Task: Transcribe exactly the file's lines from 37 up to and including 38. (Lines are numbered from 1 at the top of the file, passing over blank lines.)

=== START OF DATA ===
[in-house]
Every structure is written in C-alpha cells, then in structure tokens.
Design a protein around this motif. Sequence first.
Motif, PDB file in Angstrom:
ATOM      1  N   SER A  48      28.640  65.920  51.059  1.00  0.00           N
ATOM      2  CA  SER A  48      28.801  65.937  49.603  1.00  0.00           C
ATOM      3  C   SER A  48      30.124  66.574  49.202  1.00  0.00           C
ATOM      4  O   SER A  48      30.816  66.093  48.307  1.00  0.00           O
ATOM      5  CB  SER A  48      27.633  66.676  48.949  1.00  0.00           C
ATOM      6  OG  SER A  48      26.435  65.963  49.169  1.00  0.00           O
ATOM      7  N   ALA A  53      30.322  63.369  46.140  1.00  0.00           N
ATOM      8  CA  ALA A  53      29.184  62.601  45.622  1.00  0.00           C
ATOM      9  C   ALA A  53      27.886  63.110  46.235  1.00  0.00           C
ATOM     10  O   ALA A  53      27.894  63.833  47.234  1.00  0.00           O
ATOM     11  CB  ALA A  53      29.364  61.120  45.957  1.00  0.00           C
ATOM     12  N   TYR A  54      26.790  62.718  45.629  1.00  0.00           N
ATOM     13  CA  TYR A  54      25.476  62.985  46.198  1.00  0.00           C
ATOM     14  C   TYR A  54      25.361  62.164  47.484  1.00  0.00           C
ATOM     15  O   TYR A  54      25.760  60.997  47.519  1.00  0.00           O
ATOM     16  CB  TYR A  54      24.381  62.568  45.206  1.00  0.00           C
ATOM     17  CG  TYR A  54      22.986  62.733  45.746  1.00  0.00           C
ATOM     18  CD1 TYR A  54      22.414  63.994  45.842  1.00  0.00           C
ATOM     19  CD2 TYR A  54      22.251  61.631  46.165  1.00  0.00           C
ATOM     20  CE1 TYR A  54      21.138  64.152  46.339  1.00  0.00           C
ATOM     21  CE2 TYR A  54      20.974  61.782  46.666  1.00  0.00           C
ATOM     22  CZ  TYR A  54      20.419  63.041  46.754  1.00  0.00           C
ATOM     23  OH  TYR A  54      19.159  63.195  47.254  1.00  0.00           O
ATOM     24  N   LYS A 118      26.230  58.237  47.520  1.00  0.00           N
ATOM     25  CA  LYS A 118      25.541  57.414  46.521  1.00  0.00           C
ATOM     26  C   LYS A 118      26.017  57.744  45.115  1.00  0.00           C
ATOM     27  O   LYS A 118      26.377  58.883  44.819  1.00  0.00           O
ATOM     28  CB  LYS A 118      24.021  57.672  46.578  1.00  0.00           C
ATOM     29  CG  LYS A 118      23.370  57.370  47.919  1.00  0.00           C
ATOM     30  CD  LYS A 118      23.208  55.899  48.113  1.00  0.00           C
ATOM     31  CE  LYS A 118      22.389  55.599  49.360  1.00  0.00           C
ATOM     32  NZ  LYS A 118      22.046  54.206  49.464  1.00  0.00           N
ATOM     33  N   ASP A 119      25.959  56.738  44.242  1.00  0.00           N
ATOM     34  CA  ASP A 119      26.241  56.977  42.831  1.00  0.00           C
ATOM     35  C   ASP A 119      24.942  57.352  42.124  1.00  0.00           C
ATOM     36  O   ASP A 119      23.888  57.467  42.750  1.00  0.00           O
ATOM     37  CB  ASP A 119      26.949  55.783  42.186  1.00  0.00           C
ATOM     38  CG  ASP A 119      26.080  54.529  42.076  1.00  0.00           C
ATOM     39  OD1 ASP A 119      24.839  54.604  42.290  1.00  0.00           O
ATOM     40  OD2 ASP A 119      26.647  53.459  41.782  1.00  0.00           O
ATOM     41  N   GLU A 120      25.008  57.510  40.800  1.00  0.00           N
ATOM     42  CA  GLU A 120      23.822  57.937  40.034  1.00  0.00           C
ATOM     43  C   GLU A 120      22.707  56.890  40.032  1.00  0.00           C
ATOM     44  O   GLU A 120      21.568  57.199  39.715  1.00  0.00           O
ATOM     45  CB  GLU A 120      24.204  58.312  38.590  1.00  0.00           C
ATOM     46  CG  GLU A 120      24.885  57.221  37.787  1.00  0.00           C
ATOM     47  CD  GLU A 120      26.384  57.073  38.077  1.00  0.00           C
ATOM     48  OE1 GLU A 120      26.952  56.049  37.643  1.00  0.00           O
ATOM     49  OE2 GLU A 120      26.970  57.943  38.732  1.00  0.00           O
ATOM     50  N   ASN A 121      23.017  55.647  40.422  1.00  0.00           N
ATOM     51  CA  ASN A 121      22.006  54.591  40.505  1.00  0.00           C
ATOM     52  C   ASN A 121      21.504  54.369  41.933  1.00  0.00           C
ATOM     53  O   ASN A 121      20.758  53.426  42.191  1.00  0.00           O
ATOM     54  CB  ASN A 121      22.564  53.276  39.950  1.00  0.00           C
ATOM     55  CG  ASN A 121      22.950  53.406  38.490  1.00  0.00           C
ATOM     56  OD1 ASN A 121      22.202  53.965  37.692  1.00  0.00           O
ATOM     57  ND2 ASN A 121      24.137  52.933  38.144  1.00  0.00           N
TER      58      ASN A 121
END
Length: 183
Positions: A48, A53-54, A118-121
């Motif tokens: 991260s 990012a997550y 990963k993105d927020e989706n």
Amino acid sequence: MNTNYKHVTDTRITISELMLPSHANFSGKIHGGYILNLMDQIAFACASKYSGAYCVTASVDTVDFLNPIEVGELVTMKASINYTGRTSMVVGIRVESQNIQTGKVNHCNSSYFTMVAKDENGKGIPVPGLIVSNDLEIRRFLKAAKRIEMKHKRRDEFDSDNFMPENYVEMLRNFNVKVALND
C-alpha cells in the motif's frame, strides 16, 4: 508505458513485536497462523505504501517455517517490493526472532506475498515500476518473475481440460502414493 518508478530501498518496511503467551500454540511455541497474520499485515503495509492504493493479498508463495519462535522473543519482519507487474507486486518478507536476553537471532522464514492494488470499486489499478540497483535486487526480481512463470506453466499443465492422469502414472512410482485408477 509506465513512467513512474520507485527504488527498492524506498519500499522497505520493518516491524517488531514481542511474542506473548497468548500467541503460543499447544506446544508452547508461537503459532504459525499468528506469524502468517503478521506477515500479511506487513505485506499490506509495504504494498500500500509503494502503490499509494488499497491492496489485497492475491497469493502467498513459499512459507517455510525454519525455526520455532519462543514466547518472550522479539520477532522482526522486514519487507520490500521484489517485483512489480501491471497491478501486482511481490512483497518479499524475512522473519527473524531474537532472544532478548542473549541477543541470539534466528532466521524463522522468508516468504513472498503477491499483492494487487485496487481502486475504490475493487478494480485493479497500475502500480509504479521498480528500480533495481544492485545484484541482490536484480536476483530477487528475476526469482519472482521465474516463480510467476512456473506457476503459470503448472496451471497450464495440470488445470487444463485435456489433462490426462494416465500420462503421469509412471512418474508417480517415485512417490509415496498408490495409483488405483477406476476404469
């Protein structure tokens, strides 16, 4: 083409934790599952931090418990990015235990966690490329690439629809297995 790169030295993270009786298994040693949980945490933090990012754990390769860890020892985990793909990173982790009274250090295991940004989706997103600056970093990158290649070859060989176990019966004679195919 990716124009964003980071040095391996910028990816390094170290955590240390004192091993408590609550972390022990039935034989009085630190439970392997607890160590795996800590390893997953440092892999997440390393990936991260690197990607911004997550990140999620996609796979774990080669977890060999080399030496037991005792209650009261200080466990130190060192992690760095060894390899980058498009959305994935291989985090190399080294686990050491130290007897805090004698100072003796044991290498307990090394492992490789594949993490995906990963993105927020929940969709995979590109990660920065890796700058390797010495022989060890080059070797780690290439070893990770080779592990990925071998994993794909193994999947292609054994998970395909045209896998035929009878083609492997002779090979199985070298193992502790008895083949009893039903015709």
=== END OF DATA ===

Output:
ATOM     33  N   ASP A 119      25.959  56.738  44.242  1.00  0.00           N
ATOM     34  CA  ASP A 119      26.241  56.977  42.831  1.00  0.00           C